The arguments inherent in the policy are not affected by the "fear mongering" by some. At  the same time in the later suggestions there is nothing new. 

From my perspective there is no reason to revisit the criteria for a new Wikipedia.

On Wed, 8 Sept 2021 at 02:00, Phake Nick <c933103@gmail.com> wrote:
The RFC in past have suffered from fear-mongering by some users on multiple Wikiprojects both internally on sites like Chinese Wikipedia and Chinese Wikisource and then also via some other channels, describing the RFC as a conspiracy to enable the creation of a Literal Chinese Wikisource and to tear apart Chinese Wikimedian communities, despite later clarification that the RFC isn't intended to alter the circumstances around Wikisource since the current language policy already allow creation of Wikisource in ancient languages, yet such misunderstanding generated a lot of unnecessary debate inside the page.

在 2021年9月7日週二 18:44,MF-Warburg <mfwarburg@googlemail.com> 寫道:
News from this RFC. The ultra-long discussion was archived by this user in favour of his new proposal, which already generated much text again.

Am Di., 7. Sept. 2021 um 12:41 Uhr schrieb Jim Killock <jim@killock.org.uk>:
Dear LangCom,

I am a sometime contributor to Latin Wikipedia, Latin Wikisource, and Latin Wikibooks. I feel that my time is well spent doing this, and belong to a community of people who write and use spoken Latin, although my own Latin is still intermediate at this point. However, I can appreciate that Latin takes up a large part of many people’s lives, and thus I suspect this is true for some other ancient languages, which are, in the end, still employed and varifiably so. Thus I am sympathetic to the claims made that some other ancient languages may also have communities in a similar position.

You may have seen that some users have asked for the policy that makes an auto0matic refusal for ‘ancient and historic languages’ to be revisited.

After checking through the rules and procedures, it seems this is something you as a committee need to decide, rather than being a matter of general debate, so I am emailing you to ask you to consider revising the policy, in a manner which allows a little more flexibility for languages which are historic, learnt, but in use.

I think there is some need to do this, as can be seen from your archives, which show that it is hard to achi9eve a consistent approach while constructed alnguages with a body of current usage are allowed, but an ancient language with similar levels of fluent usage, is not allowed. This I note has been a matter of discussion relating to Ancient Greek, for which a discussion is still open.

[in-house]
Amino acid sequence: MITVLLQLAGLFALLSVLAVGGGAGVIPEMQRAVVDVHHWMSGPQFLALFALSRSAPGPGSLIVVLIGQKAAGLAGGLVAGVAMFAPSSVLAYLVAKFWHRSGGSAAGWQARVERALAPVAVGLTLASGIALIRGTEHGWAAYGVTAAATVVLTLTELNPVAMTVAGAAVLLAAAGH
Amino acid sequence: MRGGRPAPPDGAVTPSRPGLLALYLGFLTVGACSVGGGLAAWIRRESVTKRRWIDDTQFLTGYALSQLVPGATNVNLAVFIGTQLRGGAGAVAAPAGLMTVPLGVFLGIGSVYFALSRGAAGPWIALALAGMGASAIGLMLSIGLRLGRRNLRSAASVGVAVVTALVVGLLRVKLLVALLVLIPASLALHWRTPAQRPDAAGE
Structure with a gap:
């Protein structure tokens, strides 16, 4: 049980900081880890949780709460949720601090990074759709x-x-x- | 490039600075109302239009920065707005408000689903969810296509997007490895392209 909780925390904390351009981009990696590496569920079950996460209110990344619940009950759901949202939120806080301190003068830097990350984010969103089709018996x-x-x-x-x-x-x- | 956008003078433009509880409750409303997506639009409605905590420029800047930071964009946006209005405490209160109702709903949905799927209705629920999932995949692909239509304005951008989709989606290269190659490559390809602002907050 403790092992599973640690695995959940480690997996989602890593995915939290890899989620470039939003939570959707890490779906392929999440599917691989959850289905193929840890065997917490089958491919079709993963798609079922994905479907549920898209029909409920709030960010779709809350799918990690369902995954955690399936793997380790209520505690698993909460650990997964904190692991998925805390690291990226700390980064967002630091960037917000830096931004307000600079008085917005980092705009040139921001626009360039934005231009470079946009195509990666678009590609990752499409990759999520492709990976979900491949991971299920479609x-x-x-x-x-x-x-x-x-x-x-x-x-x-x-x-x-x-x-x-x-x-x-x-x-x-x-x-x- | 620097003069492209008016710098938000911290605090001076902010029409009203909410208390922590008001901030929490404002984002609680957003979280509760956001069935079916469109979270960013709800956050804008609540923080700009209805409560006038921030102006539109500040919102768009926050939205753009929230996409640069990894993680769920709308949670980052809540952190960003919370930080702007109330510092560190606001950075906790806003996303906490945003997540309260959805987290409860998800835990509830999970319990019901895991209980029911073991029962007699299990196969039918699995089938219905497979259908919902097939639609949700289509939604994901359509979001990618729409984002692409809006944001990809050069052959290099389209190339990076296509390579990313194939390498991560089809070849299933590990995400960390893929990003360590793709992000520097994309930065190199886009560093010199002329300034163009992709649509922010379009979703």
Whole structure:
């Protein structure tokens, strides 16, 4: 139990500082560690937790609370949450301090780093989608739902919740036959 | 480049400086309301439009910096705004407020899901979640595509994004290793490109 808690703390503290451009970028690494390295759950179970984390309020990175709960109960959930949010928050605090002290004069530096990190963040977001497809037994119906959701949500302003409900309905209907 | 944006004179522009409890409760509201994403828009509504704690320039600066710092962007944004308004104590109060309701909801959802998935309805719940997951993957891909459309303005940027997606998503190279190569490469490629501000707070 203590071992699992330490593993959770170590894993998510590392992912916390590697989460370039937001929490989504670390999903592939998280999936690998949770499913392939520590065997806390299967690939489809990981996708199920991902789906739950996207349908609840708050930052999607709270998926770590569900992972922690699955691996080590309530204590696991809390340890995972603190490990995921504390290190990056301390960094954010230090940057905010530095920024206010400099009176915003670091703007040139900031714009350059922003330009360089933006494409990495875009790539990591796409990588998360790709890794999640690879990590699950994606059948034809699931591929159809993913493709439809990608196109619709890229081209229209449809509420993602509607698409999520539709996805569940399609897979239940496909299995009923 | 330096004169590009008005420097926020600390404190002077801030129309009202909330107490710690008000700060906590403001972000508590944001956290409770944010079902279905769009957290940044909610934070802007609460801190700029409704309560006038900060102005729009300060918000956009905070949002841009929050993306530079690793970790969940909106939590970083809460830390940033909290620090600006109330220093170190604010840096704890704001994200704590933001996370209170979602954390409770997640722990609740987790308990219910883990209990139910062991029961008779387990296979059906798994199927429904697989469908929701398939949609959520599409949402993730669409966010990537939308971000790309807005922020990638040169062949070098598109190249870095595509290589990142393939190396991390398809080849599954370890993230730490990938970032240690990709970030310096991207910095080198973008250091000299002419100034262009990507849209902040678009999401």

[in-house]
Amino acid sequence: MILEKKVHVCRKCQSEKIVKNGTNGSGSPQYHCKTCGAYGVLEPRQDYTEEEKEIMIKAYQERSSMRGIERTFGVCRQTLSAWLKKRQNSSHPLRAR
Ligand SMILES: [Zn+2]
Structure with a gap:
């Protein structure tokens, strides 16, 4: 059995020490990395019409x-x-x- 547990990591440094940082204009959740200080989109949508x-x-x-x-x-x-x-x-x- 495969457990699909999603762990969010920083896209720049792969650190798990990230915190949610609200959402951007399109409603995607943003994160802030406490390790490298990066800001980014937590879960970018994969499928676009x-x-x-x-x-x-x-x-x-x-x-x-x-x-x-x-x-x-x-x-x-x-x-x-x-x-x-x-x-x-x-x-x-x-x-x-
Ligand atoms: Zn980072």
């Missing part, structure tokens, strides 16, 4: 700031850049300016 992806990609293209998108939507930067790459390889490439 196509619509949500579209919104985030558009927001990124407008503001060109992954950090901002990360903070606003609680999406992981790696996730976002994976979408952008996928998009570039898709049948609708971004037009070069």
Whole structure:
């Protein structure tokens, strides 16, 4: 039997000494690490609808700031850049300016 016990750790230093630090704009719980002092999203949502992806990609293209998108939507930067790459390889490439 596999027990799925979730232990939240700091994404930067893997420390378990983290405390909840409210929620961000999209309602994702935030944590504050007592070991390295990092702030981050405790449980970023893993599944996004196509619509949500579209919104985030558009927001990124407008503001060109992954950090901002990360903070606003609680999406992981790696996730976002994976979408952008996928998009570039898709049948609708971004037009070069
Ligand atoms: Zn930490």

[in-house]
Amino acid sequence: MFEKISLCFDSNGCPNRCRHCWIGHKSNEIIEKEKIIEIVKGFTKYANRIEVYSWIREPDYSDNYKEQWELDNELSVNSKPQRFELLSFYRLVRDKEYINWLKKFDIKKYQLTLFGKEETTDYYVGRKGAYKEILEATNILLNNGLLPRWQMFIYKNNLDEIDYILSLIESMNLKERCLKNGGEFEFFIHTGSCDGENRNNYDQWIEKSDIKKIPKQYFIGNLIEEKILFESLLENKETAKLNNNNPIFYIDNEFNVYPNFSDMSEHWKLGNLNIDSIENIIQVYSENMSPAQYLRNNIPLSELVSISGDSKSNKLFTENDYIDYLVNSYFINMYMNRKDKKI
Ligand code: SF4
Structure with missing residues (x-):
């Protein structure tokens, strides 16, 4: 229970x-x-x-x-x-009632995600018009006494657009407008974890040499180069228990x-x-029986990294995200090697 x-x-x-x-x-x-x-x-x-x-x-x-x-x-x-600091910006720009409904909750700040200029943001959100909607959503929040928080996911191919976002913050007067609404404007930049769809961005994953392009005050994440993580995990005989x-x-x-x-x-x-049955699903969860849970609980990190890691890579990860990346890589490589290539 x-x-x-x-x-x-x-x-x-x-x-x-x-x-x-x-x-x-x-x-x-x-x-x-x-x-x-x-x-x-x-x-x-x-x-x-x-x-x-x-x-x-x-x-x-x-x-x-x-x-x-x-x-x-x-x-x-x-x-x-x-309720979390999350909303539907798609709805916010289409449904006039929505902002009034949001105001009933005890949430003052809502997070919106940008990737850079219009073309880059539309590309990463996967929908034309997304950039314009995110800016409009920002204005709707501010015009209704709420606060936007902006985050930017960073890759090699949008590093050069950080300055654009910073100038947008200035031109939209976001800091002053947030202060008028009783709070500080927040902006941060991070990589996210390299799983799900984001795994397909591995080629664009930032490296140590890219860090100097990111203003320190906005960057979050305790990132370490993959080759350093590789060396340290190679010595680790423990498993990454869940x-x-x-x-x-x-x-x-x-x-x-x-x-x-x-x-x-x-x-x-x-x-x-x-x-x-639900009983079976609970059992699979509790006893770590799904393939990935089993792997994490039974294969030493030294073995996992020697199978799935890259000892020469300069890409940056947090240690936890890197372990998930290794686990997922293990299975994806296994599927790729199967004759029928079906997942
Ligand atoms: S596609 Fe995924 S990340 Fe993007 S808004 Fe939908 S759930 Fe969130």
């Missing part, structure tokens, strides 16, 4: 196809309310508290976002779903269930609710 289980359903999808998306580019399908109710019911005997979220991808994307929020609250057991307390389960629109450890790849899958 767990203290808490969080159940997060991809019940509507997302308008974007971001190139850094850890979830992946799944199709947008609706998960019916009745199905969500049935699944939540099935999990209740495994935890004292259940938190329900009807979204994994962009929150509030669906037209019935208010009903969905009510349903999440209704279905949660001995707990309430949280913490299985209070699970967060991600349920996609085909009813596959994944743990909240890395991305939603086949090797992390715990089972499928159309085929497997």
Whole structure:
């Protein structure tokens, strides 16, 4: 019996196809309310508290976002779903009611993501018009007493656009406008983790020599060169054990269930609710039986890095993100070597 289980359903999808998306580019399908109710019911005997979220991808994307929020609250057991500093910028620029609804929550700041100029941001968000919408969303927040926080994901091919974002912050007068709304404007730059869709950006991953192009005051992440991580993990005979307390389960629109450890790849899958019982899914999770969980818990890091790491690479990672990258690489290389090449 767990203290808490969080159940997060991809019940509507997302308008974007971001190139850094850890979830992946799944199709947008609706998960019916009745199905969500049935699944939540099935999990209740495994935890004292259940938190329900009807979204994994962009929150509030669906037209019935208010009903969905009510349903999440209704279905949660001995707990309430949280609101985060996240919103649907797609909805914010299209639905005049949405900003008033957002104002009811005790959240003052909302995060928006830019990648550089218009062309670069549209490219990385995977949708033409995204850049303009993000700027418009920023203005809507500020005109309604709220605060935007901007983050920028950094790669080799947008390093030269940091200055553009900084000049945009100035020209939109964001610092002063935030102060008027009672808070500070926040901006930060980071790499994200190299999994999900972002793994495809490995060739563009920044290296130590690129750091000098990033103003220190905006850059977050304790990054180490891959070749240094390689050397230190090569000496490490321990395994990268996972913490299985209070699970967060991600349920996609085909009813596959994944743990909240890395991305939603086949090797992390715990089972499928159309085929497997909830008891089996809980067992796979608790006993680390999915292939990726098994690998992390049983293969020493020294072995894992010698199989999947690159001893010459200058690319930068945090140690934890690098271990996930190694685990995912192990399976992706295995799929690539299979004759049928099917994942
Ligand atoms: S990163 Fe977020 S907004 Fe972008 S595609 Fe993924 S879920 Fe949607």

I drafted a proposal that would try to create consistency between the constructed and ancient language situation, while recognising that most historic languages should not normally qualify for inclusion. Nevertheless, in some important exceptions, where there is a credibly large enough number of language users, with sufficient skill, and attestable external usage of that language,, these languages could be allowed without opening the floodgates, with a well-crated policy.

I would also like the committee to note that I would be happy to help frame this policy in a sensible way, if that is of interest. 

Thank you for your time,


Definition of ancient or historic language[edit]
  1. For Wikimedia projects' purposes, an ancient or historic language is one which
    1. Was used historically and has an extant corpus of works;
    2. Is typically acquired by formal learning;
    3. Is typically fixed in form, eg by grammar rules developed and documented while the language was in common usage;
    4. May or may not not be used in modern linguistic domains, such as: trade; education; academic discourse; music; poetry; religious discourse; etc.
Qualification of an ancient or historic language for a Wiki project[edit]
The same basic eligibility criteria should apply in a similar but somewhat stricter manner than artificial languages, recognising that acquisition is likely to be harder than is typical for constructed languages, but also that acquisition may be more common and resources more developed; and also that practical usage is likely to be lower than for many contemporary natively-acquired languages. 
Therefore I propose that:
  1. Wikis are allowed in ancient or historical languages despite having no native speakers; although these should be on a wiki for the most widely used form of the language, when possible;
  2. There must be evidence of a significant potential readership and evidence of a significant body of competent potential contributors; for instance at least thousands of people trained in writing the language;
  3. There should be a significant historical corpus and usage for modern authors to draw upon, for instance, a large volume of extant texts or a large volume of recordings, sufficient to understand the idiom as well as the grammar of the language; whether generated as an auxiliary language, domain specific language or a native language;
  4. The language must have a reasonable degree of contemporary usage as determined by discussion. (Some recognition criteria include, but are not limited to: independently proved number of speakers or writers, use as an auxiliary or domain-specific language outside of online communities created solely for the purpose, usage outside of Wikimedia, publication of works in the language for general sale, publication of academic papers in the language, availability of courses or training which aim at fluent compositional or oral usage.)

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